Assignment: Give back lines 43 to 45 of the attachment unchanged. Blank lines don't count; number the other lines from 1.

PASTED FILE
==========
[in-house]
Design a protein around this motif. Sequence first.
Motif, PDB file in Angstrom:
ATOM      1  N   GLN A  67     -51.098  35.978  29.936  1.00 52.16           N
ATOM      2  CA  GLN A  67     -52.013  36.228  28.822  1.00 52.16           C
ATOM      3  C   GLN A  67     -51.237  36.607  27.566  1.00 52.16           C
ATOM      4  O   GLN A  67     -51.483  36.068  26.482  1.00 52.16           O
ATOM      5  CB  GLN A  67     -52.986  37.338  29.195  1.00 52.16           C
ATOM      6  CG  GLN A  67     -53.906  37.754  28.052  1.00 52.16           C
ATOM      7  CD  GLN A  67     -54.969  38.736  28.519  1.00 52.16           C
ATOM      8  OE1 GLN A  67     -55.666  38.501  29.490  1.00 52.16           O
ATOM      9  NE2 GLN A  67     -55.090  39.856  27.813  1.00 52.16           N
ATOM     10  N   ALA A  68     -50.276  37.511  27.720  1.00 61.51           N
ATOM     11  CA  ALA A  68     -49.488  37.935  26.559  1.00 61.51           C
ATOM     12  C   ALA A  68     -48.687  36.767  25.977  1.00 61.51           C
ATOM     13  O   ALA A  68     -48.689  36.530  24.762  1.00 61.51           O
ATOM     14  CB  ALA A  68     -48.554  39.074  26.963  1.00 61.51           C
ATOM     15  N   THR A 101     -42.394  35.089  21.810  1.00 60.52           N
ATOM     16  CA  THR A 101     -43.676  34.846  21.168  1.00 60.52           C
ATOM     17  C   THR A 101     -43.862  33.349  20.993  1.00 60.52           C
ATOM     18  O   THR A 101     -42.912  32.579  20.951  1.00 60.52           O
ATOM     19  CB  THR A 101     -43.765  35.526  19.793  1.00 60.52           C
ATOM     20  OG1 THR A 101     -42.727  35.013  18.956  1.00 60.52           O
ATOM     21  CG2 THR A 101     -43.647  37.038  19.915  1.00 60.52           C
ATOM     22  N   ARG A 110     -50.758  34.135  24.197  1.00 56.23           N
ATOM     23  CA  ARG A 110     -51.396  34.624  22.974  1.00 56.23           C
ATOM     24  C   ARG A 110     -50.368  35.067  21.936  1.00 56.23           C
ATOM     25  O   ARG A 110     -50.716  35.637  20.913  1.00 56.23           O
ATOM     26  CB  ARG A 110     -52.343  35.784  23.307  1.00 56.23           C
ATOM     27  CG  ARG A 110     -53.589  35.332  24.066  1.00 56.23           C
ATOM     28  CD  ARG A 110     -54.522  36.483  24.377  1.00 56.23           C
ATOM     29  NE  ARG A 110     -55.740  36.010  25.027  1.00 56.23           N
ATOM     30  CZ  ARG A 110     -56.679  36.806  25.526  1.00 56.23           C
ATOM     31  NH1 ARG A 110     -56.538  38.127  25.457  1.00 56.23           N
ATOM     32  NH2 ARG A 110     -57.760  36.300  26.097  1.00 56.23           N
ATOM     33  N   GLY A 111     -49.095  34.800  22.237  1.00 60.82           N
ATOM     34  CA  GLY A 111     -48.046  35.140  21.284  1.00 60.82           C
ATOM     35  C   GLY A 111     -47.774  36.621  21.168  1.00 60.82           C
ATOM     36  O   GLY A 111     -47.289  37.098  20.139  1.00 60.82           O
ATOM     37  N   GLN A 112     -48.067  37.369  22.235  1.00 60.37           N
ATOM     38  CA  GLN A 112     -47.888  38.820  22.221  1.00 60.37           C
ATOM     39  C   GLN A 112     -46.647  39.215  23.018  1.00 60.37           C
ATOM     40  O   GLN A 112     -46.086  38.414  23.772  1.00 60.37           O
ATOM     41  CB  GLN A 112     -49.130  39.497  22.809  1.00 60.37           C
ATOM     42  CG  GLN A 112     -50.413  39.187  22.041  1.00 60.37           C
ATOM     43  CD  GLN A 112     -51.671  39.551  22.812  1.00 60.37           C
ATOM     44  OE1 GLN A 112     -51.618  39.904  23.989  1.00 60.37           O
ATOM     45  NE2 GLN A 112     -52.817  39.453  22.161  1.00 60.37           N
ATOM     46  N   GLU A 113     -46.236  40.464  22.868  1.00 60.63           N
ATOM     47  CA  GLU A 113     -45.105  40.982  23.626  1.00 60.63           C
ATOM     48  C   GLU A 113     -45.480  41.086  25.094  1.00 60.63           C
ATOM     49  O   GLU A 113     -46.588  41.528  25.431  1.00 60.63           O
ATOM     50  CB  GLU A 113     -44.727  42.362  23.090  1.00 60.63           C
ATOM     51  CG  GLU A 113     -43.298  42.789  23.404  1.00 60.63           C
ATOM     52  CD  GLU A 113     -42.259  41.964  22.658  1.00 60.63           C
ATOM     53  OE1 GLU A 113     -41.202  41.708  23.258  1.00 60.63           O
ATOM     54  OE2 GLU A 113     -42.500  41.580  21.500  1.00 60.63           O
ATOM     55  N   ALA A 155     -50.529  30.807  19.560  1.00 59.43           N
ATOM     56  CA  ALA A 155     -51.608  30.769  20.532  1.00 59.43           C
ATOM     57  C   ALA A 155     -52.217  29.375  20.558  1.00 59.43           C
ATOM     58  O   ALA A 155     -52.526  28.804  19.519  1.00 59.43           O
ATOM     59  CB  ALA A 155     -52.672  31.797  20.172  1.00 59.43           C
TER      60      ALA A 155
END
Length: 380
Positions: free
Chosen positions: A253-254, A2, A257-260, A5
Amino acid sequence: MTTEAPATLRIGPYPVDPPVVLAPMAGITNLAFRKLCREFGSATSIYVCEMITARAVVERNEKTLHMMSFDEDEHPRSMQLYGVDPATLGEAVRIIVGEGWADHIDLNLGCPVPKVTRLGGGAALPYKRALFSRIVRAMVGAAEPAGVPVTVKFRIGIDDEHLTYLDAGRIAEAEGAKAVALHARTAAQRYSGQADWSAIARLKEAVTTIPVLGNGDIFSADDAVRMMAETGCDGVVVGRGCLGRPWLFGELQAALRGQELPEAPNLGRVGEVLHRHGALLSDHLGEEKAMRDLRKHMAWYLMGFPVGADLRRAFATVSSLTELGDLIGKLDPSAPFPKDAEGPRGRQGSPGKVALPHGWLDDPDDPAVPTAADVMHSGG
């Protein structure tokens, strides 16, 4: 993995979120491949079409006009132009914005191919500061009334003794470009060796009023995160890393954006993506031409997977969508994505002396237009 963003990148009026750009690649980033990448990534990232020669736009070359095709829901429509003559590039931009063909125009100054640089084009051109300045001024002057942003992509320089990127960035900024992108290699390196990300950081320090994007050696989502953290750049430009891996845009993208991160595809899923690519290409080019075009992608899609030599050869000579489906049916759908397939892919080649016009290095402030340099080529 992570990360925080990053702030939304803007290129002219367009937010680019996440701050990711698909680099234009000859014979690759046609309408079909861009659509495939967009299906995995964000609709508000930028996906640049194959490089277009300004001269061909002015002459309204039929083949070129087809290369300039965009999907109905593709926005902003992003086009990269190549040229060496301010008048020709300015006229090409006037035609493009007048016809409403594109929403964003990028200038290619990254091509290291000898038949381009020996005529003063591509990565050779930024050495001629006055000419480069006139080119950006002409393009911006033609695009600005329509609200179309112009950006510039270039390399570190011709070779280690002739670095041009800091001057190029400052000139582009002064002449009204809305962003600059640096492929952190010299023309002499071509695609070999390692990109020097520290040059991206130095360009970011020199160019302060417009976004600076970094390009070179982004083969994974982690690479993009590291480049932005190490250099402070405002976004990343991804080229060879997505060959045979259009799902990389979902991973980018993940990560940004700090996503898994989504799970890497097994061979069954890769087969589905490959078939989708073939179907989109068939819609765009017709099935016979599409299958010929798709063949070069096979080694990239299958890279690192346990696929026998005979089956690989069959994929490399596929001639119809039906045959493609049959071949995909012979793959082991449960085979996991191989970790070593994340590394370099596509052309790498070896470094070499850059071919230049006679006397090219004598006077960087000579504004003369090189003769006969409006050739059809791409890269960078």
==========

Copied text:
ATOM     40  O   GLN A 112     -46.086  38.414  23.772  1.00 60.37           O
ATOM     41  CB  GLN A 112     -49.130  39.497  22.809  1.00 60.37           C
ATOM     42  CG  GLN A 112     -50.413  39.187  22.041  1.00 60.37           C